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Today’s class started with handing back the audio-amp lab reports, which spanned a much wider range than usual. Everyone had an ok design, but some students explained it well, while others had numbers that appeared by magic or with completely incoherent explanations. Although I could have predicted a couple of the worst reports, the group that did the best was not the one I expected.  I’m quite pleased that they did such a good job, as I was not sure I was getting through to them—it made up for my disappointment at the relatively poor performance of a couple of the groups I had expected better of.

I pointed out to the students that there was no “correct” answer to most design problems, and that being able to explain how they came up with the design was at least as important as the design they came up with.  If some spec changed, an engineer would want to be able to modify the design without having to do the whole thing over from scratch.  (I didn’t say it, but I think that some of the groups that couldn’t explain their work would not be able to redo their designs from scratch, even if none of the specs changed.)

The multistep problems in last week’s lab and this week’s are difficult just because they have so many chained steps, though each individual step is pretty easy. I suspect that many of the students have never worked multistep problems before and are shutting down the moment they don’t have a predefined protocol to follow.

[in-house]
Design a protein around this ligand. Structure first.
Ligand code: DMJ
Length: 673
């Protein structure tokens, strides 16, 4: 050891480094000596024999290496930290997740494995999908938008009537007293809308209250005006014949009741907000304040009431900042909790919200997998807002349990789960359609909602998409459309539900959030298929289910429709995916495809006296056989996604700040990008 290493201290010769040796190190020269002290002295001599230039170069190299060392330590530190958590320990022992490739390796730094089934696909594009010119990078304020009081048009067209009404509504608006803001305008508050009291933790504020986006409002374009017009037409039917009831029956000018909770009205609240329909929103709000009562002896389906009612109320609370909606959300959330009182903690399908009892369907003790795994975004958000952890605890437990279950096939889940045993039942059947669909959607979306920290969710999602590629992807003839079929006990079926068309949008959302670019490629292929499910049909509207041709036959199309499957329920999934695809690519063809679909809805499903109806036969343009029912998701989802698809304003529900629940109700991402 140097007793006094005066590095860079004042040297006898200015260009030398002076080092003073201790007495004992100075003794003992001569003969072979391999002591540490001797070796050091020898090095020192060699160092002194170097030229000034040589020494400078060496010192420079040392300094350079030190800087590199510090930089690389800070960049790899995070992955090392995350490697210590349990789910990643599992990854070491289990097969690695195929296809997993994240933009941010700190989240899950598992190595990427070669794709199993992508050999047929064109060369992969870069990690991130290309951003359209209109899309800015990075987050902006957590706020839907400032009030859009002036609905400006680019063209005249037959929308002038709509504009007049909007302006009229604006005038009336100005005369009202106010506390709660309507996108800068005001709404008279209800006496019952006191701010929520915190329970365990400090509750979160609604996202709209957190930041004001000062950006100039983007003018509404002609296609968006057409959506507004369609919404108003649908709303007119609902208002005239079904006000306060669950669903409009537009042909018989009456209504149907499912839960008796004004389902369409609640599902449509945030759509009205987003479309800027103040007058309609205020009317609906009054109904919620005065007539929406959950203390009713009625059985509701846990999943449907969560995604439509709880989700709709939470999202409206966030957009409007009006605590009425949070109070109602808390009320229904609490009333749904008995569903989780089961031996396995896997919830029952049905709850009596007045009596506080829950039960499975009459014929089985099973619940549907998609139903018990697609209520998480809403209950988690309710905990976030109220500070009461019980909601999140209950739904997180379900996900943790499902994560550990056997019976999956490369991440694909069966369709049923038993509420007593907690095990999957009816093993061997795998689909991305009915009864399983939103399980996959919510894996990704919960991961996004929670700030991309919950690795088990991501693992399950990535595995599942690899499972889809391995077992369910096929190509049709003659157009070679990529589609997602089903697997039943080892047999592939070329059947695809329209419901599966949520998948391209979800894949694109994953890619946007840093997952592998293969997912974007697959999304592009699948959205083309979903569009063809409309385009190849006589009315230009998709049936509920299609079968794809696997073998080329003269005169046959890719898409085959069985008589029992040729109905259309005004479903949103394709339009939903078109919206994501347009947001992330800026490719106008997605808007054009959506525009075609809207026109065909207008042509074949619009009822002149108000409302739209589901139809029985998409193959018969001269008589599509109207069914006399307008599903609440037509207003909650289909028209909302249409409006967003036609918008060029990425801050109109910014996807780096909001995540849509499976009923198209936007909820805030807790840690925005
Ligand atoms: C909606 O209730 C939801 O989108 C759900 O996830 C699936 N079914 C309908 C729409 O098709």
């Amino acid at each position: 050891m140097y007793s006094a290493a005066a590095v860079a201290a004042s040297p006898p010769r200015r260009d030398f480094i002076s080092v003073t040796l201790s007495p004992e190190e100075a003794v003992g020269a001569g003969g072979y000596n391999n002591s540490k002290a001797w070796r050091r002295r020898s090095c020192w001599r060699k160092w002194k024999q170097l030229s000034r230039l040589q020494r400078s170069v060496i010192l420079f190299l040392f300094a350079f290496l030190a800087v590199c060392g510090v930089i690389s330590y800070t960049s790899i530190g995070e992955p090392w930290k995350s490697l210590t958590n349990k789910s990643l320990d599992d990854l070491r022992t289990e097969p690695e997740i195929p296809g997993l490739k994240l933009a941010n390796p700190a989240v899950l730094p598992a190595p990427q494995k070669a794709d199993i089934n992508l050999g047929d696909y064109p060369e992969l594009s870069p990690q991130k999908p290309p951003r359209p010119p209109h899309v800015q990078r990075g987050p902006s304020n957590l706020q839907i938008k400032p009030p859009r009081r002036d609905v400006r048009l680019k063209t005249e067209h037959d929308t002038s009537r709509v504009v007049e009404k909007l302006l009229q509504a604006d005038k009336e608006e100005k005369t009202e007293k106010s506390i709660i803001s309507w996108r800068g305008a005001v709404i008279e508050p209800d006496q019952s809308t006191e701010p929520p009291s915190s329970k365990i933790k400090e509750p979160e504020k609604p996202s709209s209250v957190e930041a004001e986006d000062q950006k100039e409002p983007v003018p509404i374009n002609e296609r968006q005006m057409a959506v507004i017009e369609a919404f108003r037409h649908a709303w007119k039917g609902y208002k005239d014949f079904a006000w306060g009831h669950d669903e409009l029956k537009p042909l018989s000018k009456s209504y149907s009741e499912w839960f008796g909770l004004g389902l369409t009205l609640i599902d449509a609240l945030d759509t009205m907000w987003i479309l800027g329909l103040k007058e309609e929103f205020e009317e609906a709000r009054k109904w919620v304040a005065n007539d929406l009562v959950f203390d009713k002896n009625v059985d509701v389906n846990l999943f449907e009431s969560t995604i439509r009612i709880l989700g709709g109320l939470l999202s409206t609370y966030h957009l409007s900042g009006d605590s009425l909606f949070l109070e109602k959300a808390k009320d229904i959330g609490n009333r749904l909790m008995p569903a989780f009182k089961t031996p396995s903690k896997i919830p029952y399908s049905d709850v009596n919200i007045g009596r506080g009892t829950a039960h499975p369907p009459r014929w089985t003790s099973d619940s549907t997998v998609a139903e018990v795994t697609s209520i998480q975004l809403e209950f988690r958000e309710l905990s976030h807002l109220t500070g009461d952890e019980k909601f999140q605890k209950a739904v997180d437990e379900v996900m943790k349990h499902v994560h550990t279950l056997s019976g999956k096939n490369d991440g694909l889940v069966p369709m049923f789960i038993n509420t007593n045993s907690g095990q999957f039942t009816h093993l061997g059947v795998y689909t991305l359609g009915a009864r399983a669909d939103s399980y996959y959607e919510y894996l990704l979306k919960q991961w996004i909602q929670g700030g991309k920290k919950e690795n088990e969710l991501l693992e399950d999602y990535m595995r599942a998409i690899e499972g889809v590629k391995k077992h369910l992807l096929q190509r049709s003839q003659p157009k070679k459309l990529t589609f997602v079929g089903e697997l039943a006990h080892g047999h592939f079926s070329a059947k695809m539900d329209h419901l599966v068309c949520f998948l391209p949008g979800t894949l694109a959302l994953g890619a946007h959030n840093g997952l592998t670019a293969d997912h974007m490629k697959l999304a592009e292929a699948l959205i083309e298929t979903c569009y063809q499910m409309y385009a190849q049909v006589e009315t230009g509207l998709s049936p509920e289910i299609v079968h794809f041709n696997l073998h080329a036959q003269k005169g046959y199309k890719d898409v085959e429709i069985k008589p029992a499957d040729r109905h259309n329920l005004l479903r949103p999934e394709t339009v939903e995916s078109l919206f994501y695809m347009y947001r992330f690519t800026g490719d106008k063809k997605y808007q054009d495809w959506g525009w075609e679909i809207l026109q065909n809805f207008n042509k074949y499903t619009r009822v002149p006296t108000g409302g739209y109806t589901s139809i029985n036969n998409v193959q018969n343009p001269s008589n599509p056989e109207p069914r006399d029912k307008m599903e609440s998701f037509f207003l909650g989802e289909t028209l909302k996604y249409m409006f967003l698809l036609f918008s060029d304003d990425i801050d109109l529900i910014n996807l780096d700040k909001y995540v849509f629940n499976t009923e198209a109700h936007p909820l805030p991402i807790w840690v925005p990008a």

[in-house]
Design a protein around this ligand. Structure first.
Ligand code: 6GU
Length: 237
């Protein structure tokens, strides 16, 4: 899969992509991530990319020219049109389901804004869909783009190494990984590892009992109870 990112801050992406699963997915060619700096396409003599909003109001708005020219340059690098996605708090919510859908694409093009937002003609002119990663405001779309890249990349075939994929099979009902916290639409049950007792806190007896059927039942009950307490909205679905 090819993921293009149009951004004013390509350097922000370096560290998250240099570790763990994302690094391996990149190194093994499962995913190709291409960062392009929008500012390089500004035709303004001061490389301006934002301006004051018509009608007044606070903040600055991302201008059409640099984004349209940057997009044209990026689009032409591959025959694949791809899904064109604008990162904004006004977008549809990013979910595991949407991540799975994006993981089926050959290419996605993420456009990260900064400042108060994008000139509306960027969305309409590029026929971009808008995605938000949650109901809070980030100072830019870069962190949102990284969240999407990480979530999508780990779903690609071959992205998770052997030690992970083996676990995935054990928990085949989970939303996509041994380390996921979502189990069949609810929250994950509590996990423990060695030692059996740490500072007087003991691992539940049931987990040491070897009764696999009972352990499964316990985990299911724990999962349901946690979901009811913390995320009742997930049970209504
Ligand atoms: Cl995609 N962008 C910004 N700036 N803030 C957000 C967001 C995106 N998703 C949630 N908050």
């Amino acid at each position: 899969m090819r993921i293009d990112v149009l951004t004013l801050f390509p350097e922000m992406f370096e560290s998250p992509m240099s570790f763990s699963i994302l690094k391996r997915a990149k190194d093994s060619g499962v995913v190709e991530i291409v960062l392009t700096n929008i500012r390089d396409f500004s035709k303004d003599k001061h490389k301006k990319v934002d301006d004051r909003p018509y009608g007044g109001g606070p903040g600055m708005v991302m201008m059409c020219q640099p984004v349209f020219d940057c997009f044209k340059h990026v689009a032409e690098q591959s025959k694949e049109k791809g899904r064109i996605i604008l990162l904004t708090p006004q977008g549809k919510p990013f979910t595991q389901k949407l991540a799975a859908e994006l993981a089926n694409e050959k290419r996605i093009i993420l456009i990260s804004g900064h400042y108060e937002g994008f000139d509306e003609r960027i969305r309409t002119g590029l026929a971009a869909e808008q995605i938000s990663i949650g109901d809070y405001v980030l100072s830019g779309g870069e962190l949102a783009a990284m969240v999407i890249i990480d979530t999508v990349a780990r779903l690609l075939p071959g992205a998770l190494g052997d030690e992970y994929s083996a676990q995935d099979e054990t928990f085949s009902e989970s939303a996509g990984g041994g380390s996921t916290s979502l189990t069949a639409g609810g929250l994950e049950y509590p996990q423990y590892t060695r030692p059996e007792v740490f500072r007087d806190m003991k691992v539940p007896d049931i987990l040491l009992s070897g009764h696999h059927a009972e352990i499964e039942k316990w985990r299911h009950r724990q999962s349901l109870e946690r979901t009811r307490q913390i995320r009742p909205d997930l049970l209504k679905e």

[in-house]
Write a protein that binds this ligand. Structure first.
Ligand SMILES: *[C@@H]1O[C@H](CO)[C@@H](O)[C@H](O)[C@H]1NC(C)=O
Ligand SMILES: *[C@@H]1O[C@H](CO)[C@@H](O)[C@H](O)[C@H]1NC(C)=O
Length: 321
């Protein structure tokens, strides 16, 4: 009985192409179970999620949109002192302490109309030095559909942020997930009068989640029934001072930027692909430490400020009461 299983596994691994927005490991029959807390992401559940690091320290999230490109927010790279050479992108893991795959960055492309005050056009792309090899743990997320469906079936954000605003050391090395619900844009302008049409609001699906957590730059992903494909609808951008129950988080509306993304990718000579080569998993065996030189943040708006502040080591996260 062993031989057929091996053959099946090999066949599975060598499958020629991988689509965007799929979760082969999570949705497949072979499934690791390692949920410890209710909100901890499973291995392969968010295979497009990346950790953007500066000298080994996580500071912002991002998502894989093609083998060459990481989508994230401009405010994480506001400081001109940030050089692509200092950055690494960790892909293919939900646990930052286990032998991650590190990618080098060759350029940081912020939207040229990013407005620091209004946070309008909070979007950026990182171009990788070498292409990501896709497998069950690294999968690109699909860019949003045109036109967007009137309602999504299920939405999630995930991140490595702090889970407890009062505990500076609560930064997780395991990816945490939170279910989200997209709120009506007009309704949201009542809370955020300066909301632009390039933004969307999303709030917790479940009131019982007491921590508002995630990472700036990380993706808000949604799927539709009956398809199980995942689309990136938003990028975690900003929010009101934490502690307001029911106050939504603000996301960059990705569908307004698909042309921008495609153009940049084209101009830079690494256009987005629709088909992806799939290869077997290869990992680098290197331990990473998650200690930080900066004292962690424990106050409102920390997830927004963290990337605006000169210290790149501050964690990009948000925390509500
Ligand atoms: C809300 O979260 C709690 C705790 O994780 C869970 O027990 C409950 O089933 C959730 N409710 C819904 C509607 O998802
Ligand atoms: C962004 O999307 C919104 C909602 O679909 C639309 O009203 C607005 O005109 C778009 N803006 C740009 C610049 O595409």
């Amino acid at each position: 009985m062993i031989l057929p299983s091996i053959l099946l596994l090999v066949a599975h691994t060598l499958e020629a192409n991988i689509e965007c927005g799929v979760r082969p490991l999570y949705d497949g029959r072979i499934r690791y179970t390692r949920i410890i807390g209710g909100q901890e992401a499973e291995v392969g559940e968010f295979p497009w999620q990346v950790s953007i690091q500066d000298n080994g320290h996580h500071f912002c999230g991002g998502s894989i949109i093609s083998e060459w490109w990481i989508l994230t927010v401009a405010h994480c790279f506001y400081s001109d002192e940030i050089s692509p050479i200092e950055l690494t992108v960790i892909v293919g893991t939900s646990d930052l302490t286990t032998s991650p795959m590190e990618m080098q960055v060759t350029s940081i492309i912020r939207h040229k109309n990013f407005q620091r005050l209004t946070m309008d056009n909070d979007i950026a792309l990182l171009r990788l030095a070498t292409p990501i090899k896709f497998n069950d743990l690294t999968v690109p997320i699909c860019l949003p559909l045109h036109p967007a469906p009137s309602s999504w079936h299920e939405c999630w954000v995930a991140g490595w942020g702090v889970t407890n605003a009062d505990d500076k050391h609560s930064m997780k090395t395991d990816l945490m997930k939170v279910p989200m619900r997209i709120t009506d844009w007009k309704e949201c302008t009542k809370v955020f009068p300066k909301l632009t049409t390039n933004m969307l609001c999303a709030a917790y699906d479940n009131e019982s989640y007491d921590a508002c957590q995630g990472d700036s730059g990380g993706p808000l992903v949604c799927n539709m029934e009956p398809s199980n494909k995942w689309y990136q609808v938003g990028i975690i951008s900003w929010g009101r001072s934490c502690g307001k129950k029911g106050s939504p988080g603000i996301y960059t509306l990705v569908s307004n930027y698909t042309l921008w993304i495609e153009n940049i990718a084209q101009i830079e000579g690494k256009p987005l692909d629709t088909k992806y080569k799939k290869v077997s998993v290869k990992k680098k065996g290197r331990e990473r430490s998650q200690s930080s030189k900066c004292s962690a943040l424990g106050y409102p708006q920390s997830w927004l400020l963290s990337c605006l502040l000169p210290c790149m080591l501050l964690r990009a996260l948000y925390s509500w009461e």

I asked how many people had done the prelab for tomorrow’s lab (as I had requested they do over the weekend). As expected, no one. I asked how many had attempted it—only about a third of the class. I asked where they were getting stuck—on the first step, figuring out how much light came out of the LED. Rather than going on and doing the rest of the chain of computations symbolically, they just gave up, so that they had nothing done, rather than an almost complete problem solved, with just one hole in it to be filled.

My lecture for most of the remaining hour consisted of explaining to them almost exactly the same thing that was in their lab handout. Luckily, I was expecting this inability or unwillingness of students to learn from written material, because I saw it last year also (though not on this lab, since this lab is all new).  I would really love it if students would read things and at least try to do the assigned homework before class and come in with specific questions, rather than expecting to get everything in lectures for the first time. But I’ve resigned myself to students having less than zero initiative about learning new things.